Wednesday, March 1, 2017

First Solar Images from NOAA's GOES-16 Satellite - UNIVERSE

The first images from the Solar Ultraviolet Imager or SUVI instrument aboard NOAA’s GOES-16 satellite have been successful, capturing a large coronal hole on Jan. 29, 2017.

The sun’s 11-year activity cycle is currently approaching solar minimum, and during this time powerful solar flares become scarce and coronal holes become the primary space weather phenomena – this one in particular initiated aurora throughout the polar regions. Coronal holes are areas where the sun's corona appears darker because the plasma has high-speed streams open to interplanetary space, resulting in a cooler and lower-density area as compared to its surroundings.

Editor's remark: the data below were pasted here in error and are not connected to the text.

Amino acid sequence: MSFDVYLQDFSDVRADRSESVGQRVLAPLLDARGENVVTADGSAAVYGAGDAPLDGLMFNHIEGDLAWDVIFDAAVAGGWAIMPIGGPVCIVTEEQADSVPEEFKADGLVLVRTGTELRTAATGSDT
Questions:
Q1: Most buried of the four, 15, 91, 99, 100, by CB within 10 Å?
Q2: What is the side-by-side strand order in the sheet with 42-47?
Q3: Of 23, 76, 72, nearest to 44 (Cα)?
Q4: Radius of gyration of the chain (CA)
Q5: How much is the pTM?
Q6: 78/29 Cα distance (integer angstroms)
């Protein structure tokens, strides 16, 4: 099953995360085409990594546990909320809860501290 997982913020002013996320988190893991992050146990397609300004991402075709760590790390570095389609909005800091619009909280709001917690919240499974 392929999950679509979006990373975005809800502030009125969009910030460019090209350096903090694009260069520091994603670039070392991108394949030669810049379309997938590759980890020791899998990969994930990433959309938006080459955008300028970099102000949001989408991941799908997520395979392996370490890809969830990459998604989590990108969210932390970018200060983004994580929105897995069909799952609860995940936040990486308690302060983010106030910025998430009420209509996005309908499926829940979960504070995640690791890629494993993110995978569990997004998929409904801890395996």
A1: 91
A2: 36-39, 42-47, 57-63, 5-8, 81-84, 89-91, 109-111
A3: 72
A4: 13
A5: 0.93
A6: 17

This animation from January 29, 2017, shows a large coronal hole in the sun’s southern hemisphere from the Solar Ultraviolet Imager (SUVI) on board NOAA's new GOES-16 satellite. SUVI observations of solar flares and solar eruptions will provide an early warning of possible impacts to Earth’s space environment and enable better forecasting of potentially disruptive events on the ground. This animation captures the sun in the 304 Å wavelength, which observes plasma in the sun's atmosphere up to a temperature of about 50,000 degrees. When combined with the five other wavelengths from SUVI, observations such as these give solar physicists and space weather forecasters a complete picture of the conditions on the sun that drive space weather.
Credits: NOAA/NASA

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